Sunday, July 15, 2007

Aphasia Progress in the last quarter of a century

Argye E. Hillis, MD

From the Departments of Neurology and Physical Medicine and Rehabilitation, Johns Hopkins University School of Medicine, and Department of Cognitive Science, Johns Hopkins University, Baltimore, MD.

Address correspondence and reprint requests to Dr. Argye E. Hillis, Department of Neurology, Phipps 126, Johns Hopkins Hospital, 600 North Wolfe Street, Baltimore, MD 21287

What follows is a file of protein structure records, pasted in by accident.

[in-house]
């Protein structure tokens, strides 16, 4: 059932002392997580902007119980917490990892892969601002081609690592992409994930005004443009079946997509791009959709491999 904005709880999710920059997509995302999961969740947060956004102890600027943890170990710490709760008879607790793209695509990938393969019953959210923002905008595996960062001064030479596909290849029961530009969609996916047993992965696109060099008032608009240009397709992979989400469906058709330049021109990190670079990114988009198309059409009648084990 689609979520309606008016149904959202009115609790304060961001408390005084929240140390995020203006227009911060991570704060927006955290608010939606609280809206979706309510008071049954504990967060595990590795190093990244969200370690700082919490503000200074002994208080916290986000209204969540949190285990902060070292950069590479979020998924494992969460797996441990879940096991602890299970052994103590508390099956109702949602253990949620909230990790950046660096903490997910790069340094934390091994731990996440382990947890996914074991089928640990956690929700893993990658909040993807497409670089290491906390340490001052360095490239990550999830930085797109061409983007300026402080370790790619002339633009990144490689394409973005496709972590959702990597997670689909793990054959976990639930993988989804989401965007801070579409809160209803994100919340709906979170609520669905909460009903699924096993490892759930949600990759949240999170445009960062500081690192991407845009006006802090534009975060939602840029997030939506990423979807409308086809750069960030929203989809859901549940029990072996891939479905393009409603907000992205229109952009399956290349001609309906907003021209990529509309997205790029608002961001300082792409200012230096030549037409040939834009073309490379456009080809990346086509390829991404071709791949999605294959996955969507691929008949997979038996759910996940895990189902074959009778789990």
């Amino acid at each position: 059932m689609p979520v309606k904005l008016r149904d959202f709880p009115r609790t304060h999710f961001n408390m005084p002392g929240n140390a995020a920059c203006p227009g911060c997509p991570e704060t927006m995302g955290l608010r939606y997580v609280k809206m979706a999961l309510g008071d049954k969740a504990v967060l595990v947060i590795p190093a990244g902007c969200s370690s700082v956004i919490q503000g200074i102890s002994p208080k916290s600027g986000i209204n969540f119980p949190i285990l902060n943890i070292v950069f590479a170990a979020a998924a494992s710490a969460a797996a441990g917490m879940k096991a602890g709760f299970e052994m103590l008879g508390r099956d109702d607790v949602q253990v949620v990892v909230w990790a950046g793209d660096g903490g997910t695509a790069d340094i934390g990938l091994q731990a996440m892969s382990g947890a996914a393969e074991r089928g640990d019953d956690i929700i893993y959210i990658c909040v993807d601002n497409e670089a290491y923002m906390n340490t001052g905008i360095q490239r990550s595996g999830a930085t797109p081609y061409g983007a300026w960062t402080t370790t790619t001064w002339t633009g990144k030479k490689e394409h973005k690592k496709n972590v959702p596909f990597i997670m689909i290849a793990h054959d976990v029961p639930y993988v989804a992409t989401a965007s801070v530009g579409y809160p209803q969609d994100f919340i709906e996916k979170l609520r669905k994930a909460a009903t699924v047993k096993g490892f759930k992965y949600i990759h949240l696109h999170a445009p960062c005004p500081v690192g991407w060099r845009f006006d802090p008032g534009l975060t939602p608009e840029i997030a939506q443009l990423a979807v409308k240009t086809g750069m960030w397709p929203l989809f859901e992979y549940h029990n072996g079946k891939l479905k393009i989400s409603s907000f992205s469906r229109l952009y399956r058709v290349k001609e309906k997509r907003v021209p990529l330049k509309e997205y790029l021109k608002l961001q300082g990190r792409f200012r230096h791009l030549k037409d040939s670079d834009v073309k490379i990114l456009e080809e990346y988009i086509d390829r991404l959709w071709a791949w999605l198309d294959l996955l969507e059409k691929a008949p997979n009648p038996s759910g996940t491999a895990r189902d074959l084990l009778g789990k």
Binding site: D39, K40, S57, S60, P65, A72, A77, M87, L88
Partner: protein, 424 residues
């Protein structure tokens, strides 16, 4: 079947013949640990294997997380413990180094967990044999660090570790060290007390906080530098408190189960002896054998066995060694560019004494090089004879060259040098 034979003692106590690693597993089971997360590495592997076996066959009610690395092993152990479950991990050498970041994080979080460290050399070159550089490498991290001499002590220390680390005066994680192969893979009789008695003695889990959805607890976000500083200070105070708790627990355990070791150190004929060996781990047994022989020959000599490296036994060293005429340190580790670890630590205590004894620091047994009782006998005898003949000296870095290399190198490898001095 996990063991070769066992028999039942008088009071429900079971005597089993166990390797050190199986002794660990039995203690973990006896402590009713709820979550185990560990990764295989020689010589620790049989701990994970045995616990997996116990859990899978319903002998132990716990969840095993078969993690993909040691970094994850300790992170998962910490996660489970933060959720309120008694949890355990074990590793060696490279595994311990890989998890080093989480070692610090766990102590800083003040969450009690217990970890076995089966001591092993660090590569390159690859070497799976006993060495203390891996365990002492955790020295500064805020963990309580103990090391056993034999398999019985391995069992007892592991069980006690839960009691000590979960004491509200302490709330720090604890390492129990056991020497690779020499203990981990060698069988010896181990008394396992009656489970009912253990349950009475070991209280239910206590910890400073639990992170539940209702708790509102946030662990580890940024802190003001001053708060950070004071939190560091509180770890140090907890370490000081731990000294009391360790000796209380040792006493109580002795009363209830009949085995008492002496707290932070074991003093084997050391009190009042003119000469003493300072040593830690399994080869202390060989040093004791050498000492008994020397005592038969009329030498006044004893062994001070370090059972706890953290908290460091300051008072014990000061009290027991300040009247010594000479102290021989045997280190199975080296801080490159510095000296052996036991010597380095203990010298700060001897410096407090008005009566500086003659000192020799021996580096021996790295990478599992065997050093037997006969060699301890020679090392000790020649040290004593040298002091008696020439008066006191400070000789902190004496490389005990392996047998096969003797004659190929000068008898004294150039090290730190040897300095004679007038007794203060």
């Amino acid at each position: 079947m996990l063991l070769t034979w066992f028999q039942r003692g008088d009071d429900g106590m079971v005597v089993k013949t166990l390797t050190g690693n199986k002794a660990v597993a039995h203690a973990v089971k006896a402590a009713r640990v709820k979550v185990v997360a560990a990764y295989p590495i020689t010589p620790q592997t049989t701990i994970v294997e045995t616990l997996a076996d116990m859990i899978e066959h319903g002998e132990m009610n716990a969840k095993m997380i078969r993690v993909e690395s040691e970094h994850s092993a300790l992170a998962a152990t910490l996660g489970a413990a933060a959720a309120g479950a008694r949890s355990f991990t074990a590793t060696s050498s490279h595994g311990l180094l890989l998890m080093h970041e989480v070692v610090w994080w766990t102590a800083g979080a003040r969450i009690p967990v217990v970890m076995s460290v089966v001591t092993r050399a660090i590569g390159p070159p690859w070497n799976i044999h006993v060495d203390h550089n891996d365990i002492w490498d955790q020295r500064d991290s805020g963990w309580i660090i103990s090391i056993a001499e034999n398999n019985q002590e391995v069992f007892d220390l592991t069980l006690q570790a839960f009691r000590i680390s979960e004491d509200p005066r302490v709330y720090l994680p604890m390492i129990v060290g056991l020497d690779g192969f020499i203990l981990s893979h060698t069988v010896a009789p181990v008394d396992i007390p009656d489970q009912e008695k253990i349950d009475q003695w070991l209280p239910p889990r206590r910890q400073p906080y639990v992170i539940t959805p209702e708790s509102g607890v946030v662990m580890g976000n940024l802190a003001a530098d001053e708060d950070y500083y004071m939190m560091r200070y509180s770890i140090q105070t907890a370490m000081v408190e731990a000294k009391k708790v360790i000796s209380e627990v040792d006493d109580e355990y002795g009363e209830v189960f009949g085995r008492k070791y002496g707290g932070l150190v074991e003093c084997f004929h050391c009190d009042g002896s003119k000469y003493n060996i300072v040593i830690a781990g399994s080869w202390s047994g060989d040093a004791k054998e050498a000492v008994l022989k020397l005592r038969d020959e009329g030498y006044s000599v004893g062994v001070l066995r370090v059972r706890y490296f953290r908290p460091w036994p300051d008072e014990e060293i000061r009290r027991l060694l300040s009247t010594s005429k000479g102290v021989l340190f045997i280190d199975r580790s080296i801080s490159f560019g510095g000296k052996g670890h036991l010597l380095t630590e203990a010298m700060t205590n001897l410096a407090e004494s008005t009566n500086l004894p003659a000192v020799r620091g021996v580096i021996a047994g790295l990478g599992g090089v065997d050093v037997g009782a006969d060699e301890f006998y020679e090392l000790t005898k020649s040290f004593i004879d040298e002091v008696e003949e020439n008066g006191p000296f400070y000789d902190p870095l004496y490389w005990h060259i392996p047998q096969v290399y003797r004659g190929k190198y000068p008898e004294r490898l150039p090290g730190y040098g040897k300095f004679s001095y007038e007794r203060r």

In the last 25 years, characterization of aphasia has shifted from descriptions of the language tasks that are impaired by brain damage to identification of the disrupted cognitive processes underlying language. At the same time advances in technology, including functional imaging, electrophysiologic studies, perfusion imaging, diffusion tensor imaging, and transcranial magnetic stimulation, have led to new insights regarding the relationships between language and the brain. These insights, together with computational models of language processes, converge on the view that a given language task relies on a complex set of cognitive processes and representations carried out by an intricate network of neural regions working together. Recovery from aphasia depends on restoration of tissue function or reorganization of the cognitive/neural network underlying language, which can be facilitated by a number of diverse interventions. The original research by the author reported in this article was supported by NIH R01 DC05375.